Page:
- Associated Press - Tuesday, April 26, 2016

DES MOINES, Iowa (AP) - An attempt in the Iowa Legislature to expand medical marijuana access in the state may have reached its end this session with a failed vote in the Republican-controlled House, though some Democrats said Tuesday they would keep pushing the issue in the days before a possible adjournment.

Both Republicans and Democrats in the chamber pointed fingers at each other following a Monday night debate that ultimately shot down a plan that critics said would not have done enough to expand the state’s medical marijuana law, which allows the use of cannabis oil for certain epilepsy patients.

The public criticism highlights the challenges of passing legislation that includes a production system for the drug. At least a few lawmakers have floated around a plan to revive the issue this session through an amendment. Advocates encouraged the chamber to consider such ideas.

“The session is not over,” said Sally Gaer, of West Des Moines, whose 26-year-old daughter uses cannabis oil. “There is a way to fix this, and I call on every member of the House of Representatives to continue to fight.”

The House was considering a comprehensive bill this session that would create a clear system for manufacturing, dispensing and possessing medical marijuana in Iowa. But it hit roadblocks within the Republican Party and stalled.

Some Republican lawmakers instead introduced a proposal Monday that highlighted one aspect of the bill: expanding medical conditions eligible for a medical cannabis card. They tacked it onto a separate, unrelated measure.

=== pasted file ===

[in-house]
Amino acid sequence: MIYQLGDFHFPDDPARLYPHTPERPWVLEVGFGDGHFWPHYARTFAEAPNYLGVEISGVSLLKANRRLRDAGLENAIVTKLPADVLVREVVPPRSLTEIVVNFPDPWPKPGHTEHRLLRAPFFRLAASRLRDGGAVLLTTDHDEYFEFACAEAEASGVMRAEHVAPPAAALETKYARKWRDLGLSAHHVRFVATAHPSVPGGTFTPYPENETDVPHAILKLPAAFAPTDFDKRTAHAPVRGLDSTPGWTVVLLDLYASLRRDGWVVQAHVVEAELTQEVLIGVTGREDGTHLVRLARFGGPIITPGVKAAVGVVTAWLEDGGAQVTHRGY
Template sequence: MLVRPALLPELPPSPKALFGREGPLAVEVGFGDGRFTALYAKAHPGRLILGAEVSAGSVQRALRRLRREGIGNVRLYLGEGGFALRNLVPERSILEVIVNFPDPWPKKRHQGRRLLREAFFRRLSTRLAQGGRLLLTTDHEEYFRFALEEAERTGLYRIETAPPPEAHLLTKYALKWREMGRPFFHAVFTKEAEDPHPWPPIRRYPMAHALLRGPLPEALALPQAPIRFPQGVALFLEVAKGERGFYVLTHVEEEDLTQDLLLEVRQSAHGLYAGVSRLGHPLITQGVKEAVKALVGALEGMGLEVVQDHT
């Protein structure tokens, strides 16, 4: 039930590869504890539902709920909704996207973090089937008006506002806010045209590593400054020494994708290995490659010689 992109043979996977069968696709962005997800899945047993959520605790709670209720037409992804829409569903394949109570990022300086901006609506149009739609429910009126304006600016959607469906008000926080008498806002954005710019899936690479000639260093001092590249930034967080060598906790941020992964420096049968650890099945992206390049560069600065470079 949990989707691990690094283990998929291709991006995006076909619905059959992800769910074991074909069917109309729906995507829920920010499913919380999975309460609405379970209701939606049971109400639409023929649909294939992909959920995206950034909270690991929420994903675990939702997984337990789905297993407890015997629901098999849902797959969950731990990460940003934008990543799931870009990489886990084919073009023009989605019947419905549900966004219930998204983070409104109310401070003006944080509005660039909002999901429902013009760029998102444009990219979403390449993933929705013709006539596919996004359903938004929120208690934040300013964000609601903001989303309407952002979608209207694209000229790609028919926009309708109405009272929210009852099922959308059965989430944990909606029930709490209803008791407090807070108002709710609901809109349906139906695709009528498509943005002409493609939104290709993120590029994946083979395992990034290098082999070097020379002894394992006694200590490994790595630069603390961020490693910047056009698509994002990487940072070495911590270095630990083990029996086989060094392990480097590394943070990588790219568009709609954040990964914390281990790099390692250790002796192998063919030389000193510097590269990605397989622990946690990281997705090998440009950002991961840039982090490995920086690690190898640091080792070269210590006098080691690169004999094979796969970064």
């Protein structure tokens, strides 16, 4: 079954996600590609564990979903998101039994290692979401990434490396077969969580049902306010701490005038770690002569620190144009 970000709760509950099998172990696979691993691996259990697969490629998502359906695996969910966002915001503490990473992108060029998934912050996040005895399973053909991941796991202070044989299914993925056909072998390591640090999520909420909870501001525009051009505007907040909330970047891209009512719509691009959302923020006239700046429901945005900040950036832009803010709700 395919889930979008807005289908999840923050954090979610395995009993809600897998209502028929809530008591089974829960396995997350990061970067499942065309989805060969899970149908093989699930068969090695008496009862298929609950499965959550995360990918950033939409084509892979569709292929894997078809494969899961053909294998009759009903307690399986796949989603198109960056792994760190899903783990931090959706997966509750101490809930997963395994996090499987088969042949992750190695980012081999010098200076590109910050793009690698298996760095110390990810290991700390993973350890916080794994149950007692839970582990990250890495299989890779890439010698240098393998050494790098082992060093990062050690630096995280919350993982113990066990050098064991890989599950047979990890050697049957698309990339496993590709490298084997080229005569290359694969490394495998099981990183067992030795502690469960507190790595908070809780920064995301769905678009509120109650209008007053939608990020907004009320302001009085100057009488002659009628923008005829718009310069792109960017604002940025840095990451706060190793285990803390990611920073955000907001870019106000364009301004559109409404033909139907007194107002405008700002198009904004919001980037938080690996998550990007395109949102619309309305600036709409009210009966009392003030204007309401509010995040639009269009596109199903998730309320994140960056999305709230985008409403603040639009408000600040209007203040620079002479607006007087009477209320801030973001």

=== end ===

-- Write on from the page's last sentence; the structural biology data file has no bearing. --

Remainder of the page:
Following hours of private meetings and public debate, that proposal failed, 31-63, shortly before midnight.

Republican Rep. Zach Nunn, of Altoona, said it would cost “millions and millions of dollars” to properly set up a manufacturing system in Iowa to serve what he estimated would be less than 800 people.

“It’s not economically viable,” he said.

Advocates say Iowa can have a robust production system. Threase Harms, who leads the lobbying effort for the advocacy group Iowans 4 Medical Cannabis, said half a million people could benefit from medical marijuana if their conditions were included in the law.

House Democrats also challenged the legal implications of any out-of-state partnerships that would have been possible under the failed proposal. During debate, several lawmakers mentioned neighboring Minnesota. House Speaker Linda Upmeyer, a Clear Lake Republican, confirmed her office was communicating with lawmakers in that state to possibly hash out a partnership.

Democrats said that would not have made it easier for Iowa residents to access cannabis oil, and it would still make them subject to breaking federal law. It’s the same complaint lodged against the state law passed in 2014.

Rep. Bobby Kaufmann, a Wilton Republican, said the chances of passing a comprehensive medical marijuana bill this session are slim given the limited action left before adjournment. He criticized House Democrats for not supporting a bill he said would have made improvements.

“We all know the Legislature sometimes acts incrementally,” he said. “The bottom line is that (Monday) night we had an opportunity.”

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